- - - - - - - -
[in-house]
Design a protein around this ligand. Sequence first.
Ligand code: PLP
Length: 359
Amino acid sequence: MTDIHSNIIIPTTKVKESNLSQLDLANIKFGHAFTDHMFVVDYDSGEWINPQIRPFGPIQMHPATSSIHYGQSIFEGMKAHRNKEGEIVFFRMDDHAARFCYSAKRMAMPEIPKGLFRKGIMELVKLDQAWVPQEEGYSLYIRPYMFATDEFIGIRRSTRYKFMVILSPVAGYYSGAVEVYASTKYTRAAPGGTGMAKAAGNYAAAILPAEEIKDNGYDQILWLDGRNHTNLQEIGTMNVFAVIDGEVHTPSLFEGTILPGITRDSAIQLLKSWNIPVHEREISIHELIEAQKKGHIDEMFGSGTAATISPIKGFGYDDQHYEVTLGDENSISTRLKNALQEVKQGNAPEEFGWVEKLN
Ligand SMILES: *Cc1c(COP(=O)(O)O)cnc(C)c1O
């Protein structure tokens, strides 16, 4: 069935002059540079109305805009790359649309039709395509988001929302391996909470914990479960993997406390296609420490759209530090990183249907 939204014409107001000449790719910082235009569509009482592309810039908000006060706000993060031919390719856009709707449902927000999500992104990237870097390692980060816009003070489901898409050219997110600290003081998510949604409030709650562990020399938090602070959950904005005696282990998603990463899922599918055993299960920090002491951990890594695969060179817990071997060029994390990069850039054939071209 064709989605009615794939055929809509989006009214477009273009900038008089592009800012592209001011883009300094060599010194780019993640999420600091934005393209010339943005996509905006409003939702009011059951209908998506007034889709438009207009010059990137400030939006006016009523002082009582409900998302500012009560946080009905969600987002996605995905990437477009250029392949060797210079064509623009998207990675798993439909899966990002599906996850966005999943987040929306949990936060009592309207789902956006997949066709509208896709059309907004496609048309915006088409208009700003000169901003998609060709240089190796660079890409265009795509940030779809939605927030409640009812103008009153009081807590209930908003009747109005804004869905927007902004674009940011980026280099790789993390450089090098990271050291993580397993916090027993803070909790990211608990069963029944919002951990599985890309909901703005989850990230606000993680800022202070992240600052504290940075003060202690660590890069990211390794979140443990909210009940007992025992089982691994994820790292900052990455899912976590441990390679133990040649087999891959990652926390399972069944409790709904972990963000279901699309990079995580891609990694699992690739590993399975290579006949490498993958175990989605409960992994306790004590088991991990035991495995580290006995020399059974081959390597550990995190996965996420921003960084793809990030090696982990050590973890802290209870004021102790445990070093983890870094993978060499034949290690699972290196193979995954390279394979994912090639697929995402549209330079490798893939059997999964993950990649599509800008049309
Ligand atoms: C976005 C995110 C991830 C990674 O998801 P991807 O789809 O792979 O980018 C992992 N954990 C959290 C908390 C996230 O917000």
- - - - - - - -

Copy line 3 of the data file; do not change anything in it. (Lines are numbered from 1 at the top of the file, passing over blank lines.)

Ligand code: PLP